Ghana Approves New Drug for Malaria Treatment

by Medindia Content Team on  December 4, 2007 at 7:17 PM Drug News
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Ghana Approves New Drug for Malaria Treatment

Ghana's Food and Drug Board has approved a new drug for the treatment of complicated malaria, or malaria that affects the brain, Onka Asthana, deputy director of the India-based Central Drug Research Institute, said recently, the GNA/ reports.

Asthana said the drug -- called Alpha-Beta Arteether, or the Emal injection -- recently has been shown to be effective in the treatment of the disease in India. He said that clinical trials of the drug found that treatment success rates for uncomplicated malaria were between 93% and 100% and that treatment success rates for complicated cases were between 91% and 100%.

Between 4% and 8.5% of complicated malaria cases resulted in death, Asthana said, adding that additional clinical trials and early treatment are needed to prevent similar outcomes in the future.

The drug was developed in India by Themis Medicare in 1999 and targets drug-resistant malaria, as well as recurring cases of the disease. The drug was created using traditional Chinese medicine and has to be administered for three days, Asthana said. Sumit Mitra of Themis said the Emal injection has been approved for use in Cambodia, Kenya, Nigeria and Zambia, as well as other African and Asian countries.

He said it is expected to be introduced in Ethiopia, Mozambique, Tanzania and Uganda. In Ghana, the drug will be sold for 70,000 cedis, which is about $8, or less per dose, according to Gopal Vasu, director of Ghana-based M&G Pharmaceuticals.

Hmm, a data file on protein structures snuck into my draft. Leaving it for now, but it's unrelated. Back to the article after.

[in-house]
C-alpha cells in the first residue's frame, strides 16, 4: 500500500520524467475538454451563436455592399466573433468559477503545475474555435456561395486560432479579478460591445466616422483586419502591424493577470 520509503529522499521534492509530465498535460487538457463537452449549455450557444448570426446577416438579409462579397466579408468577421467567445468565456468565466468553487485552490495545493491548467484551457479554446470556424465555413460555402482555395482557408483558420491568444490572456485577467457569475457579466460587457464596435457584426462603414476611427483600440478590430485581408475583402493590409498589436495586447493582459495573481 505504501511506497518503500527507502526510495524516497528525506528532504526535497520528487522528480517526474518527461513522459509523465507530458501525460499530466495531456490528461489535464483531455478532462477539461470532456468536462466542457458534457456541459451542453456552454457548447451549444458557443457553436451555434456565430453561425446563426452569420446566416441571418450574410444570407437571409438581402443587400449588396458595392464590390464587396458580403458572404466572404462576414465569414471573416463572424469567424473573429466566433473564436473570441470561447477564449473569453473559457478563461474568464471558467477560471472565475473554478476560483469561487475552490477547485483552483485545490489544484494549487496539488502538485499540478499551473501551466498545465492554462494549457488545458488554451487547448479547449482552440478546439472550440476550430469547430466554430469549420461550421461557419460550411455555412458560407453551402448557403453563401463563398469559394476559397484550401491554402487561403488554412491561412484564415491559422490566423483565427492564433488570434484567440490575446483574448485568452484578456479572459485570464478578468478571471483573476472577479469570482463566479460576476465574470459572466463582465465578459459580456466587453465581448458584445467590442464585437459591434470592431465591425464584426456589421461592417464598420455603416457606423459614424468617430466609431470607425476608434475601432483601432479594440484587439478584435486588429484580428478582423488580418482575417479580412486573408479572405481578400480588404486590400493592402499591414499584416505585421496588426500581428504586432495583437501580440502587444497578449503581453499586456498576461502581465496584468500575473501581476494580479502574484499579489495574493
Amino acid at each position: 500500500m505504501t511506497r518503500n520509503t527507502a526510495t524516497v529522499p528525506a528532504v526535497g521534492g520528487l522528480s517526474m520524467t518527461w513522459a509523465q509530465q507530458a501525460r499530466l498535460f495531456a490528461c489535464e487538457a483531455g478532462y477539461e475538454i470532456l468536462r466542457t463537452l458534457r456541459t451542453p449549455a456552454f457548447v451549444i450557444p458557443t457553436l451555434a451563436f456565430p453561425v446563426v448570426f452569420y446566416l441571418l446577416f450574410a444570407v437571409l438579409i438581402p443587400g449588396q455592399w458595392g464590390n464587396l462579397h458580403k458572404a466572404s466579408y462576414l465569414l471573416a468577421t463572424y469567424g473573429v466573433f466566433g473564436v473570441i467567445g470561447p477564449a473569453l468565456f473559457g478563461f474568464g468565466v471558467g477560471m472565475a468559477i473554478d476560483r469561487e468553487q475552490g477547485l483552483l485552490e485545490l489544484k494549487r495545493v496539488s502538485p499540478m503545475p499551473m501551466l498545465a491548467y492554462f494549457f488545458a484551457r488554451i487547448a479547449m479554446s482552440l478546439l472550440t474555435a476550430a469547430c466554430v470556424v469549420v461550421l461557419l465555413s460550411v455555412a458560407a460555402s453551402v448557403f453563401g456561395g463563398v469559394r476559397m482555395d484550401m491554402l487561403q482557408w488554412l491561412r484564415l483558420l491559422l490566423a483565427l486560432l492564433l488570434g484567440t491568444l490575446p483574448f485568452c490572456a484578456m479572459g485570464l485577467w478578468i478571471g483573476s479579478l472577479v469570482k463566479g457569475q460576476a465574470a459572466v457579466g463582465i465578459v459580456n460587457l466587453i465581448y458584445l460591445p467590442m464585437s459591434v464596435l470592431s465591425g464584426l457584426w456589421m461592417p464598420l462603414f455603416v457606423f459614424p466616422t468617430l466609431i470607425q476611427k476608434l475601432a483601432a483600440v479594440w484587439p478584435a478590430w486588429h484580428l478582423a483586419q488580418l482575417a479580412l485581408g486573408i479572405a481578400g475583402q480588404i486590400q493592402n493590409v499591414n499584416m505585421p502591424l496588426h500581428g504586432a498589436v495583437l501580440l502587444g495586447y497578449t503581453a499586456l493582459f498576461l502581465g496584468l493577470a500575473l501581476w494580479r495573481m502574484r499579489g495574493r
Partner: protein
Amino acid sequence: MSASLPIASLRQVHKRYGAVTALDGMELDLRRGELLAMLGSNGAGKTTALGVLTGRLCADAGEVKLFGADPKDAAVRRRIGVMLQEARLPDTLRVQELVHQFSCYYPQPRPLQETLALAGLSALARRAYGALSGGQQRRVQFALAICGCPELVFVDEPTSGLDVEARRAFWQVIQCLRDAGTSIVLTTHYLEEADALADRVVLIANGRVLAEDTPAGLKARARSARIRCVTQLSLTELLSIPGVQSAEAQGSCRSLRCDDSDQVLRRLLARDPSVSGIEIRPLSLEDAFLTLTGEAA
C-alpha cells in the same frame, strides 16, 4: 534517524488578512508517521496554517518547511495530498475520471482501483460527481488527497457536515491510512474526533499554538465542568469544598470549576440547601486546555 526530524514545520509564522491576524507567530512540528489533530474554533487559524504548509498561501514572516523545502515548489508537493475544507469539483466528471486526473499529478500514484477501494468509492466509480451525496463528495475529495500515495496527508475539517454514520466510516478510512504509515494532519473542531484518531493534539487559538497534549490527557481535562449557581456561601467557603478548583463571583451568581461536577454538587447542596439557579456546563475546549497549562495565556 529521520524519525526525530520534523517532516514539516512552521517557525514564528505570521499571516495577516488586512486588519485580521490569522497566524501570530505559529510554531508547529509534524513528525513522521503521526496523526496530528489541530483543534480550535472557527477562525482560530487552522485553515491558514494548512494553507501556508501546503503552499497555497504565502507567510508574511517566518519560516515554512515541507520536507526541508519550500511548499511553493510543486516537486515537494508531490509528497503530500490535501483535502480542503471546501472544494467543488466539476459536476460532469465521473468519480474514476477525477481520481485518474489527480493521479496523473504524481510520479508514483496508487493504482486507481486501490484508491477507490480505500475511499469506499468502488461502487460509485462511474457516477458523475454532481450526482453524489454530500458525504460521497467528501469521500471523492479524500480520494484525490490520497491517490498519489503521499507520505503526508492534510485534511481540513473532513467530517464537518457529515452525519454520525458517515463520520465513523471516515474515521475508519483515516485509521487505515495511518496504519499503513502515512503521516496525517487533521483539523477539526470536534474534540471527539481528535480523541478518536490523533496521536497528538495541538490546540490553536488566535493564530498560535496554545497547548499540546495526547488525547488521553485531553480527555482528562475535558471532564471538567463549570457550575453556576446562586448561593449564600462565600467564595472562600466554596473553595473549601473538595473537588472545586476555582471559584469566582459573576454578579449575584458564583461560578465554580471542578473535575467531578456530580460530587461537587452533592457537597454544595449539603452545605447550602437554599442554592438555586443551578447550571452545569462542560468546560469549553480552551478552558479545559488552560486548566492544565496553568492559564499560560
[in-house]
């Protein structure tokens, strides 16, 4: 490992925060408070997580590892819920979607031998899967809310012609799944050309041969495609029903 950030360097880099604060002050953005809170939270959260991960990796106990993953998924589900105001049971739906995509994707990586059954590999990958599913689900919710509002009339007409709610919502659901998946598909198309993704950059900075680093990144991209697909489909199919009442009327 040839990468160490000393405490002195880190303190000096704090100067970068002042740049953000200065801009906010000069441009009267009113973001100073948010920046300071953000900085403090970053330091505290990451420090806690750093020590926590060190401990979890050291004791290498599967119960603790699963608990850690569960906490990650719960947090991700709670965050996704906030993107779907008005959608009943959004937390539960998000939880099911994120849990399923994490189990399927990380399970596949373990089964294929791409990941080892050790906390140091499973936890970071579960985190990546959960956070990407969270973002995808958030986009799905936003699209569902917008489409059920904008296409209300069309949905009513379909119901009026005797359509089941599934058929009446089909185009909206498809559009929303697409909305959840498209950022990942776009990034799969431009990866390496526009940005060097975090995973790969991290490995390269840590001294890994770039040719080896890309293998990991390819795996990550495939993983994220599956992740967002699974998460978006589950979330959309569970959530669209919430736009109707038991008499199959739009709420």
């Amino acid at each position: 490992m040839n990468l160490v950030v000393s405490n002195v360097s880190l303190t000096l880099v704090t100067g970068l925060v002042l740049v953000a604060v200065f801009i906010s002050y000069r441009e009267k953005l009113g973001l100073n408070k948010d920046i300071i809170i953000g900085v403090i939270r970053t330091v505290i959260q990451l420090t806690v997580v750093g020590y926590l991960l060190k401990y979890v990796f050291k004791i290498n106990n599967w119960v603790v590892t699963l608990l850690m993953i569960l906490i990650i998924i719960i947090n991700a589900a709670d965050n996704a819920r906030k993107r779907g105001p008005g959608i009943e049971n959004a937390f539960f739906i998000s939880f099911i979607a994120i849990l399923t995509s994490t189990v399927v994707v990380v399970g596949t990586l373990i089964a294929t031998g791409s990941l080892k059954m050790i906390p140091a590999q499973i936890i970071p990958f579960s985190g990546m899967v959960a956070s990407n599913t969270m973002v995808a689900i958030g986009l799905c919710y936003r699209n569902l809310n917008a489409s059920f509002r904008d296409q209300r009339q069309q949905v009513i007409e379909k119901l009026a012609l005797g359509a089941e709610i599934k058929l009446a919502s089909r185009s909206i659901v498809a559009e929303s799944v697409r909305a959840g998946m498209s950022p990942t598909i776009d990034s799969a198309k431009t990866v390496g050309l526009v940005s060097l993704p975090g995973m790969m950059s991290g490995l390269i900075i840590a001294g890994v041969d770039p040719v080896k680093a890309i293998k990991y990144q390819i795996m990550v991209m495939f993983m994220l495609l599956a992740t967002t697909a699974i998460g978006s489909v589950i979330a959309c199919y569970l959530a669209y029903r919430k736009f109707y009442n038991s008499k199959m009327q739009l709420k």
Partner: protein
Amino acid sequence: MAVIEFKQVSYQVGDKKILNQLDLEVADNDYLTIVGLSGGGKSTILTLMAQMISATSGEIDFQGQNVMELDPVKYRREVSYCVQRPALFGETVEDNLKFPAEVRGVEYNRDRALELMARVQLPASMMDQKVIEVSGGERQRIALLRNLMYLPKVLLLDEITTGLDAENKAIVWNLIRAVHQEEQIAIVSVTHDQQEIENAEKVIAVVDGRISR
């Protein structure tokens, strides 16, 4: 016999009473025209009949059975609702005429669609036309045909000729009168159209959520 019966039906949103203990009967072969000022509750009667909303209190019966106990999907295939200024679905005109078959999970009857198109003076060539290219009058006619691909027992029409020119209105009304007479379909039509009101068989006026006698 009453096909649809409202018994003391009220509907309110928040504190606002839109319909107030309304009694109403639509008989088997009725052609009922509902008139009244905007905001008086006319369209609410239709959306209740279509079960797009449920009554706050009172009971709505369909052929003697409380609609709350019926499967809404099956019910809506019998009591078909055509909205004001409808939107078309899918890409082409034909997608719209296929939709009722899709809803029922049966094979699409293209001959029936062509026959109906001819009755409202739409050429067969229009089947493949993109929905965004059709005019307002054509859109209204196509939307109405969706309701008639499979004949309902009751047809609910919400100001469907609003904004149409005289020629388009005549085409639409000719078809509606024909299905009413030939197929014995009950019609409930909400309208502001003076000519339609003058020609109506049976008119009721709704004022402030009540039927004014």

Source: Kaiser-Family-Foundation

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I am a graduate student currently working on the Pharmacokinetic parameters of oral amodiaquine in Ghanaians. It has been observed and established that there is a significant difference between the study subjects of Ghanaians and Zambian adults as far as the disposition or pharmacokinetics of amodiaquine is concerned. This implies that there might be the need for separate dosing regimen of the drug among the two sub populations. For an optimization of the therapeutic use of the drug in Ghana, there is the urgent need for its dosing regimen adjustment; since there is the speculation that the dosing regimen of amodiaquine in the West African sub region,(hence Ghana) is based on pharmacokinetic studies on East African subjects. The grapevine source of this vital information has been my bone of contention and I would be most grateful if the source could be made available to me. The availability of the original source of this information may go a long way to assist in developing a more appropriate dosing regimen of the drug in this part of a malaria-proned world, (West African sub region).
Looking forward for a favourable response soon. Thank you.

Ango Bediako

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